The full article detailing results of Repligen Corporation's HDAC 4 inhibitor drug candidate was published in the jounal Proceedings of the National Academy of Sciences (PNAS). Scientists from Repligen and the Scripps Institute in California detail exciting results from study of their drug candidate in the R6-2 mouse model. So far, it is looking good . .

In the recent HDDW article "Lighting the Candle" of clinical trials for Huntington's, we placed emphasis on the work of HSG, CHDI and other sponsors. Of course they are all important, but in the end the most vital part of clinical trials belongs to the Huntington family community: It will be us who keep the flames alive.

Because no matter who lights the candle, even the best drug candidates, or the most improved clinical trial designs, or the perfect biomarkers -- all of these things will make no difference -- if we don't support and join clinical trials. Here's how to begin . .

About a month ago, Gene Veritas reviewed Alice Wexler's truly amazing book "The Woman Who Walked into the Sea; The Making of a Genetic Disease". Using real historical examples, Wexler points out the challenges faced by families in the past, and why the public and personal family reaction to Huntington's disease has been (and still is) so profound. And Gene's excellent review shows us that learning about the past can help us understand -- and combat -- the stigma that HD faces today.

My advice is to read this review first, it will make it easier emotionally; then go out and get this book.

A couple of years ago we reviewed articles on eye movement abnormalities as potential biomarkers for use in Huntington clinical trials. This week we report on a pilot study out of Imperial College in London that combines specific eye movements with a cognitive (thinking) task. This type of test appears sensitive to predicted disease stage even before symptoms. And in more good news, a further refinement of this test is already being studied in the much larger 360-person CHDI-sponsored TRACK-HD trial begun January 2008.

TRACK-HD is designed to look for and refine best biomarker tests that can speed HD drug trials. Dr. Dan van Kammen, chief medical officer at CHDI, has suggested we might have the answers about this test --and several others that could be used with it -- in the one or two year time frame.

Xenanine (Tetrabenazine) was approved by the FDA earlier this month, but it will take several more months for the drug to be available in pharmacies. During this time Prestwick Pharmaceuticals, the sponsoring drug company will begin manufacturing and distributing it, and they will need to put significant effort into educating doctors and pharmacists in its proper use. Don't be afraid to use this drug if your chorea warrants it, but make sure you educate yourself about the side effects too . .

When NASA, the National Aeronautics and Space Administration launches a rocket into space they call it "lighting the candle". This is the awesome moment after years of careful planning, testing and retesting -- they decide to push the ignition button. Launching a drug into clinical trial for Huntington's is a similar situation. It takes years of science, planning, testing and retesting before decisions are made to start a clinical trial.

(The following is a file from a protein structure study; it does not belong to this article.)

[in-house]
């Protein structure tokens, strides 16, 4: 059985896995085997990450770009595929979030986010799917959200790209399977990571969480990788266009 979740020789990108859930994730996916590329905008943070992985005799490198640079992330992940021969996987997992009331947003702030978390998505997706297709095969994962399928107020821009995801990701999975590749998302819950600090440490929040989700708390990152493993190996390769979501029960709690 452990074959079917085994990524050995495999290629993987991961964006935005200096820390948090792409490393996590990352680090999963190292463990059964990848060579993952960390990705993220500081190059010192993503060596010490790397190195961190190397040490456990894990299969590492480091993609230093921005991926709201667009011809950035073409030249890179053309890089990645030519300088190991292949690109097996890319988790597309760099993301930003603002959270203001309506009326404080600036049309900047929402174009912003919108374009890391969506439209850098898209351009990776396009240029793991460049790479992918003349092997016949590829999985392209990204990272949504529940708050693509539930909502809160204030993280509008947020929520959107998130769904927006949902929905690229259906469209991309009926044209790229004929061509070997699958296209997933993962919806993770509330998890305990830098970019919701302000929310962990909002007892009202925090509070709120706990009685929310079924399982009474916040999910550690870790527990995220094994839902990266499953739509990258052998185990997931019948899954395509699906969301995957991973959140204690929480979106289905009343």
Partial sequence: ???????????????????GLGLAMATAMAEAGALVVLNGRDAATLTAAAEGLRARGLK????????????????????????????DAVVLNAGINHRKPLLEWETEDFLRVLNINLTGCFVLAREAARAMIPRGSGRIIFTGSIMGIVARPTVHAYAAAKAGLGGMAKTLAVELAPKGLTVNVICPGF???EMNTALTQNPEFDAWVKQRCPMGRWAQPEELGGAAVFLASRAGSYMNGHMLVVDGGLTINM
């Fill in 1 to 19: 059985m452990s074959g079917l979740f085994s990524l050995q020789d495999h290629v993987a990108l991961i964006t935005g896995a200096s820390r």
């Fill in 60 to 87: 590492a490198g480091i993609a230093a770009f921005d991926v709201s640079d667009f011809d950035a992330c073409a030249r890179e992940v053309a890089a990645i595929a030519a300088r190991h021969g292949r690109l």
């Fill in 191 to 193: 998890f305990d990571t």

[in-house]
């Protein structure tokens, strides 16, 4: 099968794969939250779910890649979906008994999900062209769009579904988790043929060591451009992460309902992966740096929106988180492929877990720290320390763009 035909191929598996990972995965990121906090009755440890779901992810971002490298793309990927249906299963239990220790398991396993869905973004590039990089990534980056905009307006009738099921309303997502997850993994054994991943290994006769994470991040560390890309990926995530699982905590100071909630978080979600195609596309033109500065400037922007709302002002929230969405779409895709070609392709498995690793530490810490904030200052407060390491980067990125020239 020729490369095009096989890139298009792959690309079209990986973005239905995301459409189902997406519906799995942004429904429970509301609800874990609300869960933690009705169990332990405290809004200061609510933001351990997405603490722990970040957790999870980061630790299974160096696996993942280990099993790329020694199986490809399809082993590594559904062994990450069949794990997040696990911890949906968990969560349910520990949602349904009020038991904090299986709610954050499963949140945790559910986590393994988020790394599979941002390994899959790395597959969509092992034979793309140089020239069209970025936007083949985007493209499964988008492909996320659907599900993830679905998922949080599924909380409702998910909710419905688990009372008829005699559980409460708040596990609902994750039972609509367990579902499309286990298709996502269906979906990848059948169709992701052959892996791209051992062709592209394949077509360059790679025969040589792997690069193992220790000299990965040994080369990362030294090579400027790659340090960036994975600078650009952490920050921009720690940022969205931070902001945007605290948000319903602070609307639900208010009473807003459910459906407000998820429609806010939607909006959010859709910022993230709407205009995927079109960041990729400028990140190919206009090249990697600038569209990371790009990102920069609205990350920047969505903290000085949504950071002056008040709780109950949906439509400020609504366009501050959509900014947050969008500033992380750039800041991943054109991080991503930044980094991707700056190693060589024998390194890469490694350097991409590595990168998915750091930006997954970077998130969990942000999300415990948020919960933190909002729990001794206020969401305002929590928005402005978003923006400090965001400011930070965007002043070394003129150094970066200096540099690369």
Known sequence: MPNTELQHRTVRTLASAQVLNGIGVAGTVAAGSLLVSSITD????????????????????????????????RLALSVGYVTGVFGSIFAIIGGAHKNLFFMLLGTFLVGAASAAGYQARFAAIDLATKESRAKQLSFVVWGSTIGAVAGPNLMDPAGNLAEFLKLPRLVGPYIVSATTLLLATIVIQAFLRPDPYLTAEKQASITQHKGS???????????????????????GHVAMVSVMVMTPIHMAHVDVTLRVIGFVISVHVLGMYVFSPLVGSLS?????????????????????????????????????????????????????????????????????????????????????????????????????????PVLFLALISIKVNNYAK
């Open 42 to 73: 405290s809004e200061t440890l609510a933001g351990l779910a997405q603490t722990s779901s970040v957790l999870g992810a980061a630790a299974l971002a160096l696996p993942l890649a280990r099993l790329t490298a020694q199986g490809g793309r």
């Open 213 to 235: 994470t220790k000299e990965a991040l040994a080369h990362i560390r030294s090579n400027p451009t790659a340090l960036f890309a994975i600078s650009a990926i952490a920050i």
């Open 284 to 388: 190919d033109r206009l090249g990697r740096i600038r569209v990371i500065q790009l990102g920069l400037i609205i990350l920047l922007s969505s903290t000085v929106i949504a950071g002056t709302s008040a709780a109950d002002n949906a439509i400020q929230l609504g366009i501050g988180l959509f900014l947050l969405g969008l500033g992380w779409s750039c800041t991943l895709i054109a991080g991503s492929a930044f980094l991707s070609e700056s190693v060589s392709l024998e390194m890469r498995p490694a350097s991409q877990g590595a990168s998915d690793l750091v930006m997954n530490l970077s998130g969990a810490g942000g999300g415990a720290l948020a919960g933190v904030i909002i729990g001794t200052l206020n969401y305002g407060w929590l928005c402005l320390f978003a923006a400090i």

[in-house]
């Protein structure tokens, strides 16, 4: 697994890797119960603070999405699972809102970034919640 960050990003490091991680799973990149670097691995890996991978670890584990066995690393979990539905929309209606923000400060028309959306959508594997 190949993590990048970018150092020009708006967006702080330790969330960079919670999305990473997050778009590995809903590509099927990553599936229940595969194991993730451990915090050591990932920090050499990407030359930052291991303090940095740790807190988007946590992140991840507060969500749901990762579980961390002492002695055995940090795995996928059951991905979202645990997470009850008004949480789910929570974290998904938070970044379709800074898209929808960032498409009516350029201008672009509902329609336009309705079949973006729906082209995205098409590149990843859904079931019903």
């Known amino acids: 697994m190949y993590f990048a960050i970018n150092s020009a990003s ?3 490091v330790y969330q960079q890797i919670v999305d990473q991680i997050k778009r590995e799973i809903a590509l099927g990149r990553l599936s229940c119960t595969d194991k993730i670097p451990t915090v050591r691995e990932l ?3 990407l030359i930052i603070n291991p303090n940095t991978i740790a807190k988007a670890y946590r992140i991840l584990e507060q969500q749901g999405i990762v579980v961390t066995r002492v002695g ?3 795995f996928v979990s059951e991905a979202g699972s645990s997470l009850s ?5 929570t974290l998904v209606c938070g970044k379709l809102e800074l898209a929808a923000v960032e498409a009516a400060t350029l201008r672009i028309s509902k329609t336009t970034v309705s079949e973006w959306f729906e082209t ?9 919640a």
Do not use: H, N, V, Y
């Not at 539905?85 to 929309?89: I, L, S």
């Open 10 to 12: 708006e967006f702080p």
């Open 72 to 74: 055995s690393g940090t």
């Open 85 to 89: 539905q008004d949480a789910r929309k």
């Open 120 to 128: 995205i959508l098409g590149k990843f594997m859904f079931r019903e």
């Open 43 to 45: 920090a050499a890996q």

How are decisions made to launch a drug candidate into clinical trial? Have you wondered why CHDI has not yet decided to "light a candle" with one of their drug candidates? As a recent observer at a CHDI working group, I had a chance to look at part of what goes into this decision-making process. What does it take to light a candle? It depends . . .

Dimebon is by far the best news of this summer. Positive reports from Medivation Inc. and the Huntington Study Group (HSG) from their Phase 2 trial in Huntington's are encouraging. Indeed if degree of benefit seen in this Huntington's trial approaches that seen in Alzheimer's, this could be a very big advance.

In this article, we discuss results for both reported trials, and speculate on how soon this drug might reach people if further Phase 3 trials in the U.S. confirm effectiveness. We further suggest that a successful Dimebon trial could also lead to advances in biomarker discovery and validation.

The Genetic Information Nondiscrimination Act (GINA) was signed into Federal law on May 21, 2008, a full 17 years after the legislation was introduced. When more than a year from now it is enforceable and finally trickles down to Huntington's people, GINA will help prevent discrimination by employers and medical insurers -- but only for those without symptoms, and within certain limitations. It is important to know what GINA does --and does not do.

In a new publication from pharmaceutical giant Medtronics Inc., scientists describe a technique for RNA interference that decreases mutant huntingtin protein by 80% without impairing normal protein production. In theory, if this type of technique could be employed for all Huntington's individuals it might be an improvement on the ISIS Pharmaceuticals Inc. product which also can decrease mutant huntingtin production by 80%; but at least (as so far reported) also has the potentially unwanted side effect of decreasing normal huntingtin production.

Participation in good clinical studies and trials is the only way to get treatments for Huntington's disease. And efficient enrollment is the only way to get these treatments to Huntington people more quickly. is a web effort intended to speed and improve communication about clinical trials for our community. By signing up on this site you can receive broadcasts and information about clinical trials in various geographic areas as soon as they begin. Thousands of participants will be needed. We have the opportunity and the power, through this and other efforts to speed enrollment in trials that can bring treatments to our families more quickly.